Integrating Knowledge Graphs for Comparing the Scientific Output of Academia and Industry

Analysing the relationship between academia and industry allows us to understand how the knowledge produced by the universities is being adopted and enriched by the industrial sector, and ultimately affects society through the release of relevant products and services. In this paper, we present a preliminary approach to assess and compare the research outputs of academia and industry. This solution integrates data from several knowledge graphs describing scientific articles (Microsoft Academics Graph), research topics (Computer Science Ontology), organizations (Global Research Identifier Database), and types of industry (DBpedia). We focus on the Semantic Web as exemplary field and report several insights regarding the different behaviours of academia and industry, and the types of industries most active in this field.

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The CSO Classifier: Ontology-Driven Detection of Research Topics in Scholarly Articles

Classifying research papers according to their research topics is an important task to improve their retrievability, assist the creation of smart analytics, and support a variety of approaches for analysing and making sense of the research environment. In this paper, we present the CSO Classifier, a new unsupervised approach for automatically classifying research papers according to the Computer Science Ontology (CSO), a comprehensive ontology of research areas in the field of Computer Science. The CSO Classifier takes as input the metadata associated with a research paper (title, abstract, keywords) and returns a selection of research concepts drawn from the ontology. The approach was evaluated on a gold standard of manually annotated articles yielding a significant improvement over alternative methods.

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New release: CSO Classifier v2.1

We are pleased to announce that we recently created a new release of the CSO Classifier (v2.1), an application for automatically classifying research papers according to the Computer Science Ontology (CSO). Recently, we have been intensively working on improving its scalability, removing all its bottlenecks and making sure it could be run on large corpus. […]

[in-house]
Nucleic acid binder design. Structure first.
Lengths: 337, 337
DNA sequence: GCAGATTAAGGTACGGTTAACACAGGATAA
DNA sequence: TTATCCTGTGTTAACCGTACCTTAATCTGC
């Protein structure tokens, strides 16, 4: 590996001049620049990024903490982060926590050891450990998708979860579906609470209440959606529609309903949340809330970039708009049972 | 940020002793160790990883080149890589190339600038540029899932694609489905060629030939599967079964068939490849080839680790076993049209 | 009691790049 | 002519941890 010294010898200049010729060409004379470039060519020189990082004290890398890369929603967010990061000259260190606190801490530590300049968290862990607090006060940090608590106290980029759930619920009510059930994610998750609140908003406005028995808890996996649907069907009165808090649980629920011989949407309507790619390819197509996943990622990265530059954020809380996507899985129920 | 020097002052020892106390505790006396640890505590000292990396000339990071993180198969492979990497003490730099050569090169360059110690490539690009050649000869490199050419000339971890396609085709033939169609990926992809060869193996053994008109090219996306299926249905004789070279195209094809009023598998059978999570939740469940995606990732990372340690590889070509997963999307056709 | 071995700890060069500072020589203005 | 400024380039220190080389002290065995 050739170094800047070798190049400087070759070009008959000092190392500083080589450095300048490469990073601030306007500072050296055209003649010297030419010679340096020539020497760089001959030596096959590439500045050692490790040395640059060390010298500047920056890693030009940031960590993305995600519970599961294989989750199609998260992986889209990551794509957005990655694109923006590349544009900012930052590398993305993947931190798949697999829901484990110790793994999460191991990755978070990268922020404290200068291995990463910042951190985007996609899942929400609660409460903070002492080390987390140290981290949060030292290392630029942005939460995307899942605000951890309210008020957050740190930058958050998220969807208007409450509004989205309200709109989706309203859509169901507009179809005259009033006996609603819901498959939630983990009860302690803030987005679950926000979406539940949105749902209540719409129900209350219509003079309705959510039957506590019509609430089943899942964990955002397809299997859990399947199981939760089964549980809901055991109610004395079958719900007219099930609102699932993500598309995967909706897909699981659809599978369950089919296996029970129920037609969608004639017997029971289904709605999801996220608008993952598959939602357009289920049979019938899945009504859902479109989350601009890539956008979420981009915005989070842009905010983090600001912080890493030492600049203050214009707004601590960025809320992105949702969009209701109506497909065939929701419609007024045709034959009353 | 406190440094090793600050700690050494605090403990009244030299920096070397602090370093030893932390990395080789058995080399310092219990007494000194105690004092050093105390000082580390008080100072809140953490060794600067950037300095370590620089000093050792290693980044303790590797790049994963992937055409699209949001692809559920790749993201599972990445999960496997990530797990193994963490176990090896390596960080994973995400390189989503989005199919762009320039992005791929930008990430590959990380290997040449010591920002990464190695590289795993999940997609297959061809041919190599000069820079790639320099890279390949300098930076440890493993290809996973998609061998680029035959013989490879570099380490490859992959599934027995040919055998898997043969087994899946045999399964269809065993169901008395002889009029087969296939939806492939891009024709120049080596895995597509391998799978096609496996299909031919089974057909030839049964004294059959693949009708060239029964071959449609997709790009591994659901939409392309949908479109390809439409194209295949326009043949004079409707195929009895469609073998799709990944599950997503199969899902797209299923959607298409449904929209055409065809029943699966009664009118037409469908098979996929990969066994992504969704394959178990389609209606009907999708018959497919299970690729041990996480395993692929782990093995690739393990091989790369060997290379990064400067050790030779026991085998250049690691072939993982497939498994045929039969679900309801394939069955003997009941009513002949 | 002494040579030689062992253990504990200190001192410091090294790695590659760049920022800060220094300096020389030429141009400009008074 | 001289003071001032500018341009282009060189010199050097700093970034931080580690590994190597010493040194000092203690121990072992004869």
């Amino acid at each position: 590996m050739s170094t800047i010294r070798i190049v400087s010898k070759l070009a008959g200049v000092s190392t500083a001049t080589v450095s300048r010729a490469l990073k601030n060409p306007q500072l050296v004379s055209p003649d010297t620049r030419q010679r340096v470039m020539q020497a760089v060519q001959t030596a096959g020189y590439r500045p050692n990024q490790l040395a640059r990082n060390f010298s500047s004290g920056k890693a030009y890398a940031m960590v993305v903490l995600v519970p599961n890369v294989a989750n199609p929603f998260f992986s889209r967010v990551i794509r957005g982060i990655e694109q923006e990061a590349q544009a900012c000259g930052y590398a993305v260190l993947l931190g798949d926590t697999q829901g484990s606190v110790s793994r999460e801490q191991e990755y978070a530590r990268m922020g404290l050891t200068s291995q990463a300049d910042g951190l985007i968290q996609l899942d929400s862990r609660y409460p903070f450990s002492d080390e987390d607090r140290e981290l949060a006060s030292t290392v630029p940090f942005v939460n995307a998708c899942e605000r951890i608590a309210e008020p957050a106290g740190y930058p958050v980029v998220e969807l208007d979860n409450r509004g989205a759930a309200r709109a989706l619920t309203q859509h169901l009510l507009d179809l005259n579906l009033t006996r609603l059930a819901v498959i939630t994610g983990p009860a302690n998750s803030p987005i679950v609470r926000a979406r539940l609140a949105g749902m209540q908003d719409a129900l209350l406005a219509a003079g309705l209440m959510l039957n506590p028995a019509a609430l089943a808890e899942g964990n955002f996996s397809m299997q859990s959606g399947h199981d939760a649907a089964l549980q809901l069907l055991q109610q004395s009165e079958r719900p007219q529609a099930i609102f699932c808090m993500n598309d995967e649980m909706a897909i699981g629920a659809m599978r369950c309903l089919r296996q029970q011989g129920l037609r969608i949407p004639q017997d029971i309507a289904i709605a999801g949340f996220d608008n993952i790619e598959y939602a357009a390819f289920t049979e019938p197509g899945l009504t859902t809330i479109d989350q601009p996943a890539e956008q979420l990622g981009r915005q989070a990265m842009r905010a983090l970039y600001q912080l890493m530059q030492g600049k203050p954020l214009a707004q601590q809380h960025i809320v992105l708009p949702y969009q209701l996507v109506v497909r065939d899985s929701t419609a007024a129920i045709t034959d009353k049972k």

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CSO Classifier

Classifying research papers according to their research topics is an important task to improve their retrievability, assist the creation of smart analytics, and support a variety of approaches for analysing and making sense of the research environment. In this page, we present the CSO Classifier, a new unsupervised approach for automatically classifying research papers according to the Computer Science Ontology (CSO), a comprehensive ontology of research areas in the field of Computer Science.

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Classifying Research Papers with the Computer Science Ontology

“Classifying Research Papers with the Computer Science Ontology” is a demo paper submitted to the International Semantic Web Conference (ISWC) 2018 , 8-12 October 2018, Monterey, California, USA, 2018.   Angelo A. Salatino, Thiviyan Thanapalasingam, Andrea Mannocci, Francesco Osborne, Enrico Motta   Abstract Ontologies of research areas are important tools for characterising, exploring and analysing the research […]

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Springer Nature Hack Day – Berlin

On 26-27 April 2018, Francesco Osborne and I attended the third edition of the Springer Nature Hack Day, which was held in its headquarter in Berlin. The Springer Nature Hack Day is an event that allows researchers, developers, tech companies, and Springer Nature itself, to gather together and tackle current research issues. Offering also opportunities […]

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SpringerNature Hackday – London

On the 29th November 2017, myself with two KMi colleagues (Andrea Mannocci and Thiviyan Thanapalasingam) attended the second edition of SpringerNature HackDay in London (@ SpringerNature Campus). Aliaksandr Birukou, Executive Editor of Computer Science at Springer Nature and collaborator of our research team at the Knowledge Media Institute, also joined our group on the HackDay. The whole […]

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Smart Book Recommender

The Smart Book Recommender (SBR) is a semantic application designed to support the Springer Nature editorial team in promoting their publications at Computer Science venues. It takes as input the proceedings of a conference and suggests books, journals, and other conference proceedings that are likely to be relevant to the attendees of the conference in question. It […]

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